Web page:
One of the first things that you probably notice is that the blood was done by computer (CGI:  Computer-generated imagery) at the beginning it can seem strange but this was done in purpose.  Takeshi Kitano is known as a director that shows a lot of blood in screen but in this movie, that should be bloody, he didn’t wanted  the movie to be categorized as “gore”, so he decided to use digital techniques (Very rare in Kitano´s movies).  Another thing to keep in mind is the music; generally, in all the movies Kitano have excellent composers, for this film the soundtrack was composed by Keiichi Suzuki.

Now I want to speak about the end of the movie, without telling a lot.  There are various, so called “critics” that criticized the end of the movie as being “ridiculous” and “not connected to the story”, but they are wrong about it (This criticism show that they didn’t watch a lot of Kitano´s movies).  Kitano was capable to mix the old Japanese dances with the modern “tap dancing” creating one of the better ends that I have ever seen on screen.  The coreographic dance was interpreted by “The Stripes” one of the better groups of tap-dance of Japan, the story was that upon seeing one of its presentations Kitano remained impressed and decided to include them in the movie.

Finally, it wanted to add some things that learned after doing this review.  Apparently, all the fight scenes were filmed using two types of cameras, normal cameras and high-speed cameras.  This was done since in many scenes, the normal cameras failed to grasp the action of the swords but with the high-speed cameras, it was possible to film all the action.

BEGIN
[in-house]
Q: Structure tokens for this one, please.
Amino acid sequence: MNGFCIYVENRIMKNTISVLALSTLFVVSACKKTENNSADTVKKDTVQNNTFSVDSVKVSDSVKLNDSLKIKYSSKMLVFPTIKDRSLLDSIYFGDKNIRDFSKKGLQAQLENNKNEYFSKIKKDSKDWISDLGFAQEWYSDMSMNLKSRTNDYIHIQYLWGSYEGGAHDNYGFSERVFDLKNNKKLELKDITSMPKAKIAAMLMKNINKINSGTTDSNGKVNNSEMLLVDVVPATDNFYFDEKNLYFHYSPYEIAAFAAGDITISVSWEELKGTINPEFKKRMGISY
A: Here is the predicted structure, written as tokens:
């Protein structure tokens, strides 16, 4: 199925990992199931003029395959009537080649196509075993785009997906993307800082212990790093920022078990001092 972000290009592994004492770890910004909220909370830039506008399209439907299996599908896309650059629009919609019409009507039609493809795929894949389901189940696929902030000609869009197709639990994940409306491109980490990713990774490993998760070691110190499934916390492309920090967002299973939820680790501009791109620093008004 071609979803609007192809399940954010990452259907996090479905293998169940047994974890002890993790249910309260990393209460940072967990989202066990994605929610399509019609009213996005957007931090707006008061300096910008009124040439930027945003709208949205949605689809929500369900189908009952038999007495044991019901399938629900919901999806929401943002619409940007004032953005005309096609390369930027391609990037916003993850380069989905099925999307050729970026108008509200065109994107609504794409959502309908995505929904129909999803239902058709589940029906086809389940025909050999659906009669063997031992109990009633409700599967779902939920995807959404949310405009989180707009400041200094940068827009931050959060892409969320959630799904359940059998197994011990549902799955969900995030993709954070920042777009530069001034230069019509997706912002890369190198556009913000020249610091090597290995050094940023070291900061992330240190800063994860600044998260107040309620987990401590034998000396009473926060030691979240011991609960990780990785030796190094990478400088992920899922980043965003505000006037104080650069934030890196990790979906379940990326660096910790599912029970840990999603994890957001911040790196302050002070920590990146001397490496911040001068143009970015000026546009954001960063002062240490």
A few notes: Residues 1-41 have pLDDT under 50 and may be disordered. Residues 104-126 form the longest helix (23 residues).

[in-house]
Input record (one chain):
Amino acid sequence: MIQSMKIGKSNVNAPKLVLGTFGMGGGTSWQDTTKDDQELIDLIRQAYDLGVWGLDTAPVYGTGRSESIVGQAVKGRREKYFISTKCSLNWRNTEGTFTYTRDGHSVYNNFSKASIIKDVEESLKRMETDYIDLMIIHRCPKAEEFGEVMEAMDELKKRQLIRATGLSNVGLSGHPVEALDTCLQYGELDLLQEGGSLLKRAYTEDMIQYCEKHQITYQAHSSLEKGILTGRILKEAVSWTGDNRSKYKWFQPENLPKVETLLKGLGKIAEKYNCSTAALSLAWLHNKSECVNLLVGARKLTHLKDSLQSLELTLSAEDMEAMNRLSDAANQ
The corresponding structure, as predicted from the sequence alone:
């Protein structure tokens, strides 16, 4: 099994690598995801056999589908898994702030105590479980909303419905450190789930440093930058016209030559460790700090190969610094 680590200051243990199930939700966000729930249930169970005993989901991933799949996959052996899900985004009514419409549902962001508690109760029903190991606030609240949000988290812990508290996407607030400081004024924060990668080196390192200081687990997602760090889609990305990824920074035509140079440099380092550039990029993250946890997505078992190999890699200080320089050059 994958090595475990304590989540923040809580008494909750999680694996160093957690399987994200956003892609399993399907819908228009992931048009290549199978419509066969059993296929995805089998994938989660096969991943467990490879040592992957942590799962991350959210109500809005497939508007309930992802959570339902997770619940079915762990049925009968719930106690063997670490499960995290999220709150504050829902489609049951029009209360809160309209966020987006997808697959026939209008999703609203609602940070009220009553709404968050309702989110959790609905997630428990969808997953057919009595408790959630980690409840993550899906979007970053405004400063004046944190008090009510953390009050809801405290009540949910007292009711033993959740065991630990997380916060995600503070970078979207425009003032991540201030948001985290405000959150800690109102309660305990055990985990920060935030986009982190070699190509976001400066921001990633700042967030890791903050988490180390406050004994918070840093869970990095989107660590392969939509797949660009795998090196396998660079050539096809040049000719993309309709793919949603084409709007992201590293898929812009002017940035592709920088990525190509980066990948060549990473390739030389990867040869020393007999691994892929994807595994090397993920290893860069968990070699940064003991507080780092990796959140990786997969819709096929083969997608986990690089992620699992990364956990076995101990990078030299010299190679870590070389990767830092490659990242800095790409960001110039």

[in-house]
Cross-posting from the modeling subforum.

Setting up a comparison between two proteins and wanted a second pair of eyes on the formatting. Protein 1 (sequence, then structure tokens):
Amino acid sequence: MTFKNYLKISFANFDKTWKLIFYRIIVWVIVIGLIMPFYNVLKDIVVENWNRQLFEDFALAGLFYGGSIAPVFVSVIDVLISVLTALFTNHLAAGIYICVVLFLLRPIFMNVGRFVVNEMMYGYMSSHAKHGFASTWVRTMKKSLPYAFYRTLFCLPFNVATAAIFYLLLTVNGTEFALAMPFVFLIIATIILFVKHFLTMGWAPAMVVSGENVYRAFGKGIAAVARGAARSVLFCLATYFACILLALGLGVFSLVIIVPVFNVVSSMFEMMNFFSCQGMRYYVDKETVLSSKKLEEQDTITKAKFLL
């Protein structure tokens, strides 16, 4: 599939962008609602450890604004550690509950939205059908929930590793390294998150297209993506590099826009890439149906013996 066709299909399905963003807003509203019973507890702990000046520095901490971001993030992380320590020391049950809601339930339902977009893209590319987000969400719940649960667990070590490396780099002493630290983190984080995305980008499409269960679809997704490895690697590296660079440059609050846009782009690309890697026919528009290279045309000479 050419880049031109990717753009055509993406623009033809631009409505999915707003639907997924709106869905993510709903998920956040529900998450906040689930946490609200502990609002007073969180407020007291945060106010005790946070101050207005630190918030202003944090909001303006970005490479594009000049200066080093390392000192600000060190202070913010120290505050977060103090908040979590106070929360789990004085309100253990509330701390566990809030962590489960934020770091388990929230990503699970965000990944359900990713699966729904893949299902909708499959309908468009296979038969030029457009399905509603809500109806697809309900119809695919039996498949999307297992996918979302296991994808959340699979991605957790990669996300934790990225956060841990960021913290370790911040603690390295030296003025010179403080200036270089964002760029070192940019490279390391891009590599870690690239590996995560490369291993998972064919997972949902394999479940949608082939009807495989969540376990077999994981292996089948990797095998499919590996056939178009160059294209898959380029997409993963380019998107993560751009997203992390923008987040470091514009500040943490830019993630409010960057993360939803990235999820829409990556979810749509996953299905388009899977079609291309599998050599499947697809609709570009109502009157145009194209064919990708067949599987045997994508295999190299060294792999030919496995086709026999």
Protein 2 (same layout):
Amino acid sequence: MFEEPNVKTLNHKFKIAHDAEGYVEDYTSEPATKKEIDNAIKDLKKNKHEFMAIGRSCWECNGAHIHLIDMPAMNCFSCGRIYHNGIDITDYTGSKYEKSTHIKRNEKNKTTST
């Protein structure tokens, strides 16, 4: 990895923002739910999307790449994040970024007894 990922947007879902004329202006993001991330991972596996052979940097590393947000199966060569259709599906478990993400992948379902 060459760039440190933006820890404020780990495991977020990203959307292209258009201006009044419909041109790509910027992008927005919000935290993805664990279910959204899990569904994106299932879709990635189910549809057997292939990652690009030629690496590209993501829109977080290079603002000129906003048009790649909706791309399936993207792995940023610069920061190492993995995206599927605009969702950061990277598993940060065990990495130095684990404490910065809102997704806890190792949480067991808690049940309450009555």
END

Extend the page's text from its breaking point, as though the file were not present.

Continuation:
As anecdote, there is a scene where Zatoichi fights under the rain, for this scene it was used a system of tubes that throw water to resemble the rain. The story said that the clean water was exhausted after a short period and they had to use field water (which is not drinkable), and after they finished filming they all smelled really badly.  Kitano explained that that  scene is a tribute to seven samurai of Akira Kurosawa another movie that I will review.

Zatoichi is an excellent remake of the original that deservers a try.  A new version of Zatoichi called “Ichi” was released in the 2008 that tells the story of the daughter of Zatoichi but that´s a different story. See you next week maybe I made some time and came with another review in the weekend. (Sorry for any horror mistake I dont have the practice that I used to have. Comment if you like the review the style etc. thanks)

By Sebastián Nadilo

Trailer: Zatoichi trailer 1Zatoichi trailer 2 (I think the best is the first one since the second one is too “Hollywood”)
Scene to see: Farmer Sequence

Advertisements

Actions

Information

Leave a Reply

Fill in your details below or click an icon to log in:

WordPress.com Logo

You are commenting using your WordPress.com account. Log Out / Change )

Twitter picture

You are commenting using your Twitter account. Log Out / Change )

Facebook photo

You are commenting using your Facebook account. Log Out / Change )

Google+ photo

You are commenting using your Google+ account. Log Out / Change )

Connecting to %s




%d bloggers like this: